When You Talk, do People Listen?
Business savvy professionals might be wary of what comes out of Wall Street these days but in the early '80s, you’d be hard pressed to find someone who wasn’t familiar with E.F. Hutton’s catchy advertising slogan, “When E.F. Hutton talks, people listen.” The one thing that hasn’t changed between then and now is that getting people’s attention is contingent on not only what you say, but how you say it. If you want to command attention and get people to listen to you, you need to prepare twofold: structure and package your messages so they’re influential and polish your presentation skills. Whether you’re keynoting a conference, leading a team meeting or pitching business to a potential client, speaking in public is part of the agenda for nearly every business professional. Leaders who master the art of powerful presentations, whether to large groups or in small meetings, are able to captivate, engage, inspire and influence others - and they are far more likely to experience greater success than those that cannot.
To communicate with confidence and deliver a powerful presentation, keep the following in mind:
Be clear on your intent. A powerful presentation requires preparation. Understand and play to the goals to ensure you deliver value and meet audience expectations. A presentation that has a clear beginning, compelling middle and actionable conclusion delivered at an easy to follow but energetic pace will be more likely to drive the outcomes you’re seeking.
Know your audience and tailor messages appropriately. Whether you are conducting a state-of-the-business presentation to hourly workers, managers and executives, using video conferencing to present to a global group across time zones and cultures, or conducting a one-on-one meeting, it’s important to know your audience. Think about your recipients and present information in a way that is meaningful to them, but assume nothing. The better you understand your audience’s needs, the better your presentation will be.
Know your subject matter. When you command the topic you’re speaking about, the more effective you’ll be in communicating with confidence. Being an expert and knowing the subject matter inside-and-out will allow you to focus on delivery and making a connection with your audience. In some meetings, your audience may be eager to learn more. Make sure you’ve thought through a mechanism by which you can succinctly answer their inquiries and provide additional depth of detail. In some cases, you might be fielding hostile questions. Make sure you’ve developed tactics to diffuse emotions in advance and have cultivated the skills to remain calm and respond appropriately.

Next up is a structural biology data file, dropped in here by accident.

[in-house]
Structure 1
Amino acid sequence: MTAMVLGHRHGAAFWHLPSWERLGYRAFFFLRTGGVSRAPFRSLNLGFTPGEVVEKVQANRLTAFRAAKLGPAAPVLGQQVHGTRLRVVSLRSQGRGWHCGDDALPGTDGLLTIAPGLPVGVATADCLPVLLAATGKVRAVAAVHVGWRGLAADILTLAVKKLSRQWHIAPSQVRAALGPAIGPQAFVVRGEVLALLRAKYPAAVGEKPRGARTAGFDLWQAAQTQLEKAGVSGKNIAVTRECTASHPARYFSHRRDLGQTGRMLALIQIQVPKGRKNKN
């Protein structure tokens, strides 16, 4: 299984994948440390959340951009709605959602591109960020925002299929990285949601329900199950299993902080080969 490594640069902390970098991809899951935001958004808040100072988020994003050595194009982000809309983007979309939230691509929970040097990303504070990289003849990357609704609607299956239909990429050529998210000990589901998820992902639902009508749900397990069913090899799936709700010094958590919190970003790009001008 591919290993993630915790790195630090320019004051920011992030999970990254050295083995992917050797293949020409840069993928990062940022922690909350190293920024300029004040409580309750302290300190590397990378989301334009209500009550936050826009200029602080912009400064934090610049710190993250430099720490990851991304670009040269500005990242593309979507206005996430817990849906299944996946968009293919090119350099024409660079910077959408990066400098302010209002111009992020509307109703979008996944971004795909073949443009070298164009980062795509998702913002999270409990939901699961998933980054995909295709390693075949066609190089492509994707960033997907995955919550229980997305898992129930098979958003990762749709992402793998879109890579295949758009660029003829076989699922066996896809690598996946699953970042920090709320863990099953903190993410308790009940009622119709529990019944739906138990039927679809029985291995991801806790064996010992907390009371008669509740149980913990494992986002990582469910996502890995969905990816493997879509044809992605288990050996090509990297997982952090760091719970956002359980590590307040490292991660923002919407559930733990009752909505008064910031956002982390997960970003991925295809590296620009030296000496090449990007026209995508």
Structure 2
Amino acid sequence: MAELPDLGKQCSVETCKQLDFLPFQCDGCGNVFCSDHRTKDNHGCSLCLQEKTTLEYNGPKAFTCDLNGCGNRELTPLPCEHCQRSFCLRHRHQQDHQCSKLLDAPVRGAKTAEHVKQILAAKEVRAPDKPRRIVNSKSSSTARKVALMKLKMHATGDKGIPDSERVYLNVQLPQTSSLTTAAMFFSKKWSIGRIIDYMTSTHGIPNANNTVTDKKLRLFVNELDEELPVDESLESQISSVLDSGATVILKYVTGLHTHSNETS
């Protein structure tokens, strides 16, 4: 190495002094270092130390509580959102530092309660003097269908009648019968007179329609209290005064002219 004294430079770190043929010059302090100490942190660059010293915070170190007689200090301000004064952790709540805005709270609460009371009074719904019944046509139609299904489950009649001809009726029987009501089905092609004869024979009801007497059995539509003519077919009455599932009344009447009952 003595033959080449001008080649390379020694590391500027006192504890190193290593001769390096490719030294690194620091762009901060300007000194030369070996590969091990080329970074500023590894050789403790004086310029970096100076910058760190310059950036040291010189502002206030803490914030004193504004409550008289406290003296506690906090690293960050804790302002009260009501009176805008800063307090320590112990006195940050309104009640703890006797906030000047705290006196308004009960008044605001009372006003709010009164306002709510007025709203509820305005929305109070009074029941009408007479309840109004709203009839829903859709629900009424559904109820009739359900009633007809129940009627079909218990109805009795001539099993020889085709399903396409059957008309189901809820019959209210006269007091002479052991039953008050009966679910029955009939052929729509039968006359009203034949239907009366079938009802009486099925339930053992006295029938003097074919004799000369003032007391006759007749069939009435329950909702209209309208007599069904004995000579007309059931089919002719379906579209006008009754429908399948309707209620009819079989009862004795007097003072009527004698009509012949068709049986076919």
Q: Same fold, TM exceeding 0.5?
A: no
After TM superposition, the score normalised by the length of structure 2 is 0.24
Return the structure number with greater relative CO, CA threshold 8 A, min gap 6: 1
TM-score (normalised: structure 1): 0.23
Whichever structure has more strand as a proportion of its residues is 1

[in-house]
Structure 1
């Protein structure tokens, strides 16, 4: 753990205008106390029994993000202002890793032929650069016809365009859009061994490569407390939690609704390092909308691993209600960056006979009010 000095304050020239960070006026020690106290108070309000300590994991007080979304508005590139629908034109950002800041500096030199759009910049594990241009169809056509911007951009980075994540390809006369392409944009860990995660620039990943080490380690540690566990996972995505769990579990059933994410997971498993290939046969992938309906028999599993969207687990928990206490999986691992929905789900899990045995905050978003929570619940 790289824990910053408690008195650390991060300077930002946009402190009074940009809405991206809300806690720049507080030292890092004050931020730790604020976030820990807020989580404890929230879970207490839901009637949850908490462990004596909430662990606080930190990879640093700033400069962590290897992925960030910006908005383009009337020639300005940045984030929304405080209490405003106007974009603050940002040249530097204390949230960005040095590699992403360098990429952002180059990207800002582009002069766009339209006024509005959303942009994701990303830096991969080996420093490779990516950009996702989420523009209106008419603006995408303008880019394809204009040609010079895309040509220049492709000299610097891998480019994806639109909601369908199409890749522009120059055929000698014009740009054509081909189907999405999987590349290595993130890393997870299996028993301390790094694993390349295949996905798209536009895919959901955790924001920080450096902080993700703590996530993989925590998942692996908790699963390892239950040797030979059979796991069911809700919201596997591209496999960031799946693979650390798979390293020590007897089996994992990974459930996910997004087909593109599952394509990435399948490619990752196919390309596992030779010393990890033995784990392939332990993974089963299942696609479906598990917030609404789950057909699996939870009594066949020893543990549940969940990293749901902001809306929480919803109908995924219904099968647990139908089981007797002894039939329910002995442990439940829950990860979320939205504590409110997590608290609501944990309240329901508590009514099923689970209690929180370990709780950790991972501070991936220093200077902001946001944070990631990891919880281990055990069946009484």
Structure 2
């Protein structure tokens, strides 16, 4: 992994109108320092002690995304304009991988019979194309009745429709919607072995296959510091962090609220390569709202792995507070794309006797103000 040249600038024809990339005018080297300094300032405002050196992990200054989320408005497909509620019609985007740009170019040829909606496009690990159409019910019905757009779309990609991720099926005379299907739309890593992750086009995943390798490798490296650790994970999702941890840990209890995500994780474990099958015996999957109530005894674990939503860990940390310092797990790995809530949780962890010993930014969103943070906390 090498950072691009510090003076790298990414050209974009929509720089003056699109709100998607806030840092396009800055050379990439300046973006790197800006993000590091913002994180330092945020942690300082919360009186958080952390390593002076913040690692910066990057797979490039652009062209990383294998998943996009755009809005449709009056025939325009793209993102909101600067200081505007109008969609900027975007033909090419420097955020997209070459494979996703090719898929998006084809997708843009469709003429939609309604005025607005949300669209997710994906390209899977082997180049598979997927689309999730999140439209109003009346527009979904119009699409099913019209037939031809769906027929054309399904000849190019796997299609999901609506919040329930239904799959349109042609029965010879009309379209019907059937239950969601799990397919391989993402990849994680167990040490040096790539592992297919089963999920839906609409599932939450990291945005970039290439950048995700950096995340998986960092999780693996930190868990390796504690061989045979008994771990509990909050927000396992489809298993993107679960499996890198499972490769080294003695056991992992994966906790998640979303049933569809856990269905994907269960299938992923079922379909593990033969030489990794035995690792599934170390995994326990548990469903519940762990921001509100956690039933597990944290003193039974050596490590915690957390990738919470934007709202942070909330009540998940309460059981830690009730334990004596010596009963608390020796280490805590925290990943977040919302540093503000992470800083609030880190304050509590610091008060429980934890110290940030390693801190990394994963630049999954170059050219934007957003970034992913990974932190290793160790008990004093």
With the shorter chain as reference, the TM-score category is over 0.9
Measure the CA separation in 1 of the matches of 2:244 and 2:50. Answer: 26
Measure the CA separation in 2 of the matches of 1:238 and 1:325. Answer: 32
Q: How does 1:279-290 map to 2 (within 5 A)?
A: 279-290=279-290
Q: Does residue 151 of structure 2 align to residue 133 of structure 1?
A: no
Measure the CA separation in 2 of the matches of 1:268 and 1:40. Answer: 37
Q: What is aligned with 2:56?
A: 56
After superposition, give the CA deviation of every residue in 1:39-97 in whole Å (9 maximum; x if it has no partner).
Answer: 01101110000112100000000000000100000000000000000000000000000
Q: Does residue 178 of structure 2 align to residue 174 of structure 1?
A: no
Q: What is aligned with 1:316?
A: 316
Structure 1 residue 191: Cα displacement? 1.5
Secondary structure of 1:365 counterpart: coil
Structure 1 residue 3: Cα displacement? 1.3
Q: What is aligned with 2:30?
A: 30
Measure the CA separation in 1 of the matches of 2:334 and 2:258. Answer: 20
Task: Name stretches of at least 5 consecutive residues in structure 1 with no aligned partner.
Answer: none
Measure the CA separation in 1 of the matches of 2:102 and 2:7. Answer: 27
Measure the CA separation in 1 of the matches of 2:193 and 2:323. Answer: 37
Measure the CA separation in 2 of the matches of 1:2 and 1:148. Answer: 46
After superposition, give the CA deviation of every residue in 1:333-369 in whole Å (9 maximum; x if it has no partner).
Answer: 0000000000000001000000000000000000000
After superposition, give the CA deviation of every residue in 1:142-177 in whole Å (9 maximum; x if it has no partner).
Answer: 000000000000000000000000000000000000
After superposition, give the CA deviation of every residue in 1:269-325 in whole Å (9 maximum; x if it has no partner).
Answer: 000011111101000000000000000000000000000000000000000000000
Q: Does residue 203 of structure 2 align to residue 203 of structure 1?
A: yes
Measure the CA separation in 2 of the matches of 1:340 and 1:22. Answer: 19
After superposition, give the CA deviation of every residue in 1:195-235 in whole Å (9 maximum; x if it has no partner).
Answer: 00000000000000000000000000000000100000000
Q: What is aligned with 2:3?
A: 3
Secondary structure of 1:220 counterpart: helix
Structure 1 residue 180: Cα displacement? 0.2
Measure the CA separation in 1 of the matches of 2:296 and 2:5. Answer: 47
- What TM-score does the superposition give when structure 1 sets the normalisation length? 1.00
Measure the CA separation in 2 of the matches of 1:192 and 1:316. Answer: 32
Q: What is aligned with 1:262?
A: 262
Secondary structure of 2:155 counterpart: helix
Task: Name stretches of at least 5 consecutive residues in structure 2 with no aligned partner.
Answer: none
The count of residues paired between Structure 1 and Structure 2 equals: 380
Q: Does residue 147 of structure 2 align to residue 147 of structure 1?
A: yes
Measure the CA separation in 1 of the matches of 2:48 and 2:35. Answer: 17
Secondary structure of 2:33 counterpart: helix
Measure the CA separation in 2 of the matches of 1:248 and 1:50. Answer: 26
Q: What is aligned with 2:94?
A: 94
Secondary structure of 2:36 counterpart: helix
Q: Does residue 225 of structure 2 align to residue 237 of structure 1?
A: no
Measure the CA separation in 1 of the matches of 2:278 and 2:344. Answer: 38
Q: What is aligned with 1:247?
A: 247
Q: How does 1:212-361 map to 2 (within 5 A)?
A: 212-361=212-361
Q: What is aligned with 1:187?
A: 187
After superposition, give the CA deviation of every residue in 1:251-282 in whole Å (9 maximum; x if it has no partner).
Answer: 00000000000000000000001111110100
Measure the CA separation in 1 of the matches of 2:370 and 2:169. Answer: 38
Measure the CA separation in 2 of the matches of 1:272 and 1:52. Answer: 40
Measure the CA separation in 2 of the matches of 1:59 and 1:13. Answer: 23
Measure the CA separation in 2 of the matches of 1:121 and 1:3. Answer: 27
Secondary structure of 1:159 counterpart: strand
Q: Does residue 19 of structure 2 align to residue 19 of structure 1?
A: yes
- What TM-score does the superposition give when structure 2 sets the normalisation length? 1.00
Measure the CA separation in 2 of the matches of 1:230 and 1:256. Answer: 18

Be authentic. Authentic and transparent communication goes a long way in building trust and connecting with your audience. Your ability to deliver a presentation that sounds genuine and credible will increase your effectiveness as a communicator. Evaluate your presentation through the lens of your listener and pay attention to non-verbal communication such as eye contact and body gestures. Speakers that don’t demonstrate authenticity tend to lack an emotional connection, resulting in messages that fail to resonate.
Sharpen your listening skills. Part of being a powerful presenter is listening and being compassionate to your audience’s needs. This is particularly important when delivering bad news such as a workforce reduction or conducting a less than positive performance review. The good way to deliver bad news is by listening carefully and communicating clearly. When communicating difficult messages, choose your words carefully and acknowledge their impact.
Spark some passion. If you want to connect with your audience, deliver messages that make them feel something. While a PowerPoint presentation can be helpful to illustrate your main speaking points, make sure you’re not reading from it. Banish jargon and “corpspeak” from your vocabulary. Whether your goal is to inform, influence or inspire, paying attention to how you package your messages is critical.
Whether in front of a few people or a packed room, business professionals who have powerful presentation skills are able to hold people’s interest, influence their thinking and make extraordinary efforts on behalf of their organization. Honing your presentation skills and learning how to present yourself powerfully will ensure your ability to lead effective meetings, reap career development benefits and build a personal brand of ongoing success.